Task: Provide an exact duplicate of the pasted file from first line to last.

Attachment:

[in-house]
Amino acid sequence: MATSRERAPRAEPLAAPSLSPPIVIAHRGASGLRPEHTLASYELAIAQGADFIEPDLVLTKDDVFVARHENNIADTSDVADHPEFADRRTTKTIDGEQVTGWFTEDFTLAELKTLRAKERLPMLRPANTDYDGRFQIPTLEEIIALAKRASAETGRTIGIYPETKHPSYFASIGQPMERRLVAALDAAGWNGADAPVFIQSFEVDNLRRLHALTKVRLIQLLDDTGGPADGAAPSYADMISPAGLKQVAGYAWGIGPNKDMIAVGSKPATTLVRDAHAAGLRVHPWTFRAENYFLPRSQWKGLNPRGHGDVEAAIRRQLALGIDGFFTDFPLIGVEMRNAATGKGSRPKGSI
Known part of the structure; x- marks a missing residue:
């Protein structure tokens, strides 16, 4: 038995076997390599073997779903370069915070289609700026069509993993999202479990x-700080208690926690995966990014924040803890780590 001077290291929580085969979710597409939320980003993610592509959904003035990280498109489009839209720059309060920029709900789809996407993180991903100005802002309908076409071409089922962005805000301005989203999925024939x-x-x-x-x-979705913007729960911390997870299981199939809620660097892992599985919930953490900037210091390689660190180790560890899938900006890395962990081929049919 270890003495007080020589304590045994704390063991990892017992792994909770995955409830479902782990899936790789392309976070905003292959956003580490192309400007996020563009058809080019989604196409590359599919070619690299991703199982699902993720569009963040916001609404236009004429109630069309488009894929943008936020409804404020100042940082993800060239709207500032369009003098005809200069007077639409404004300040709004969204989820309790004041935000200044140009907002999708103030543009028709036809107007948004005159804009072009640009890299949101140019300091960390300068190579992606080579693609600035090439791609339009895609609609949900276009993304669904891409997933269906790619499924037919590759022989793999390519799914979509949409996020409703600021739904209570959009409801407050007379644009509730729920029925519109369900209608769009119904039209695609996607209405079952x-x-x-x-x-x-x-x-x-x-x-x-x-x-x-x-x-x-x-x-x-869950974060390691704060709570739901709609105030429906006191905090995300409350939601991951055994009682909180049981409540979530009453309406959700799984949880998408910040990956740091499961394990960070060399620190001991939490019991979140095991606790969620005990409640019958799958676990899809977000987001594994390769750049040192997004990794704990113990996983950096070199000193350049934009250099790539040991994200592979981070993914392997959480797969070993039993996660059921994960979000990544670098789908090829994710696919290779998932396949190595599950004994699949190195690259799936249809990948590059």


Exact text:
[in-house]
Amino acid sequence: MATSRERAPRAEPLAAPSLSPPIVIAHRGASGLRPEHTLASYELAIAQGADFIEPDLVLTKDDVFVARHENNIADTSDVADHPEFADRRTTKTIDGEQVTGWFTEDFTLAELKTLRAKERLPMLRPANTDYDGRFQIPTLEEIIALAKRASAETGRTIGIYPETKHPSYFASIGQPMERRLVAALDAAGWNGADAPVFIQSFEVDNLRRLHALTKVRLIQLLDDTGGPADGAAPSYADMISPAGLKQVAGYAWGIGPNKDMIAVGSKPATTLVRDAHAAGLRVHPWTFRAENYFLPRSQWKGLNPRGHGDVEAAIRRQLALGIDGFFTDFPLIGVEMRNAATGKGSRPKGSI
Known part of the structure; x- marks a missing residue:
């Protein structure tokens, strides 16, 4: 038995076997390599073997779903370069915070289609700026069509993993999202479990x-700080208690926690995966990014924040803890780590 001077290291929580085969979710597409939320980003993610592509959904003035990280498109489009839209720059309060920029709900789809996407993180991903100005802002309908076409071409089922962005805000301005989203999925024939x-x-x-x-x-979705913007729960911390997870299981199939809620660097892992599985919930953490900037210091390689660190180790560890899938900006890395962990081929049919 270890003495007080020589304590045994704390063991990892017992792994909770995955409830479902782990899936790789392309976070905003292959956003580490192309400007996020563009058809080019989604196409590359599919070619690299991703199982699902993720569009963040916001609404236009004429109630069309488009894929943008936020409804404020100042940082993800060239709207500032369009003098005809200069007077639409404004300040709004969204989820309790004041935000200044140009907002999708103030543009028709036809107007948004005159804009072009640009890299949101140019300091960390300068190579992606080579693609600035090439791609339009895609609609949900276009993304669904891409997933269906790619499924037919590759022989793999390519799914979509949409996020409703600021739904209570959009409801407050007379644009509730729920029925519109369900209608769009119904039209695609996607209405079952x-x-x-x-x-x-x-x-x-x-x-x-x-x-x-x-x-x-x-x-x-869950974060390691704060709570739901709609105030429906006191905090995300409350939601991951055994009682909180049981409540979530009453309406959700799984949880998408910040990956740091499961394990960070060399620190001991939490019991979140095991606790969620005990409640019958799958676990899809977000987001594994390769750049040192997004990794704990113990996983950096070199000193350049934009250099790539040991994200592979981070993914392997959480797969070993039993996660059921994960979000990544670098789908090829994710696919290779998932396949190595599950004994699949190195690259799936249809990948590059």